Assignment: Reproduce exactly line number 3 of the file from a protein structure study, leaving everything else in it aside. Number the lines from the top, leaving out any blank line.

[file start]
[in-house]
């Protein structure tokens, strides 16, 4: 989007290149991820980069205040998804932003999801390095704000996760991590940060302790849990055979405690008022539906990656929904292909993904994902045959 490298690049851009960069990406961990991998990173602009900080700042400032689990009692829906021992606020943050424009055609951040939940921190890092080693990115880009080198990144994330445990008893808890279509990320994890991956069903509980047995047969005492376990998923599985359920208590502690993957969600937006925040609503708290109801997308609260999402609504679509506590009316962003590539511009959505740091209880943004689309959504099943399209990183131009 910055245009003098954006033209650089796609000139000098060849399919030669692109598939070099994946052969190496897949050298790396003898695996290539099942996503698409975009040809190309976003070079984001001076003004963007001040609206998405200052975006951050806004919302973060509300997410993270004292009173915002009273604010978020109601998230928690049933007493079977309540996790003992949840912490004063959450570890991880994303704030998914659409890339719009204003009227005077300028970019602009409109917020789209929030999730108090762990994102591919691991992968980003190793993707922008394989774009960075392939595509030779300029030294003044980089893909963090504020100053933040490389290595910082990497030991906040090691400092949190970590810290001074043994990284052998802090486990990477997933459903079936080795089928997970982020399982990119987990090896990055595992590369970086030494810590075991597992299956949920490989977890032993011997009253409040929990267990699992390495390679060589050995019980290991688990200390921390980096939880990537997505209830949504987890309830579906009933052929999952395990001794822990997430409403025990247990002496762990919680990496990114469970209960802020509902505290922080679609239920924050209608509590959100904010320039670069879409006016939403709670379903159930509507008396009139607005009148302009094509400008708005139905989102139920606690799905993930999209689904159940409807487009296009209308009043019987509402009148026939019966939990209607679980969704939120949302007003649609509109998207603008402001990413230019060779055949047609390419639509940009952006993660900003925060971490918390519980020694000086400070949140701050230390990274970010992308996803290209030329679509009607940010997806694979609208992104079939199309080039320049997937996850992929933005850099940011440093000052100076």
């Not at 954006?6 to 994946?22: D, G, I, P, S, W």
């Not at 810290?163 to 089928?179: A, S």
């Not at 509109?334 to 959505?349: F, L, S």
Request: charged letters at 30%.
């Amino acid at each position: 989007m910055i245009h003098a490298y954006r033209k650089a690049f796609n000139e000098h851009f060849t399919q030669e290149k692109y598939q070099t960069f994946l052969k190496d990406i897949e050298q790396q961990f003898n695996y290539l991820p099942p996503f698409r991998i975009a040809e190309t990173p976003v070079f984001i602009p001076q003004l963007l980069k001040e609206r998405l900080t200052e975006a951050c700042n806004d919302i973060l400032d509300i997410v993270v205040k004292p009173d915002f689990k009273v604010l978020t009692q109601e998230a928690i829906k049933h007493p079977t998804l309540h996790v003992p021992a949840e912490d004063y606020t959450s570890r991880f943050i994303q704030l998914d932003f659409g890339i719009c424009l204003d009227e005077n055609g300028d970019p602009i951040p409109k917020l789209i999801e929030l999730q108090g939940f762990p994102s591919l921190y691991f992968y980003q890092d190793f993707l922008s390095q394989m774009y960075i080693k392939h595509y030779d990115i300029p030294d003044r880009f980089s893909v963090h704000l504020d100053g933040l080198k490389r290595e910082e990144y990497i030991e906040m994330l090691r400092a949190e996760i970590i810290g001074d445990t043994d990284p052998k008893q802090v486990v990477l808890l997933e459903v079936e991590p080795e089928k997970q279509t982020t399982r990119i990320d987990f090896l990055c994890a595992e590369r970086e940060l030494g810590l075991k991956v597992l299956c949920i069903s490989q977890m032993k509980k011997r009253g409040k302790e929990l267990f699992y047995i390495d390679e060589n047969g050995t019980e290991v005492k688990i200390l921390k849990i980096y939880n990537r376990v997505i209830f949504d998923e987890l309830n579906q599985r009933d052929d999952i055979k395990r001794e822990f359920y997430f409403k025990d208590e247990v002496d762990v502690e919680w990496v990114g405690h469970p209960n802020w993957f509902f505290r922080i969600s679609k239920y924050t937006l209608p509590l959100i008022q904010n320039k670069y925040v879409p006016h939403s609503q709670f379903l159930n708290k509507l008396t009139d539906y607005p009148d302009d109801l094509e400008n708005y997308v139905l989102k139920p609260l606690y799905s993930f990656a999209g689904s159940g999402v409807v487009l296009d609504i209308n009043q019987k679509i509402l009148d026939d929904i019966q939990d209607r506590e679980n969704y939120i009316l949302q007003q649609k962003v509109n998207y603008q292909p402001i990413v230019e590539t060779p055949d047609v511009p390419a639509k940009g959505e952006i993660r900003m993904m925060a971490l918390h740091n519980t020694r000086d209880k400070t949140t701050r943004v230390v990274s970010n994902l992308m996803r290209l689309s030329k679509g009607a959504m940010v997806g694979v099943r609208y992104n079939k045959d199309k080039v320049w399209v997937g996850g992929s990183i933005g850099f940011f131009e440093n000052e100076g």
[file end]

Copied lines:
């Not at 954006?6 to 994946?22: D, G, I, P, S, W």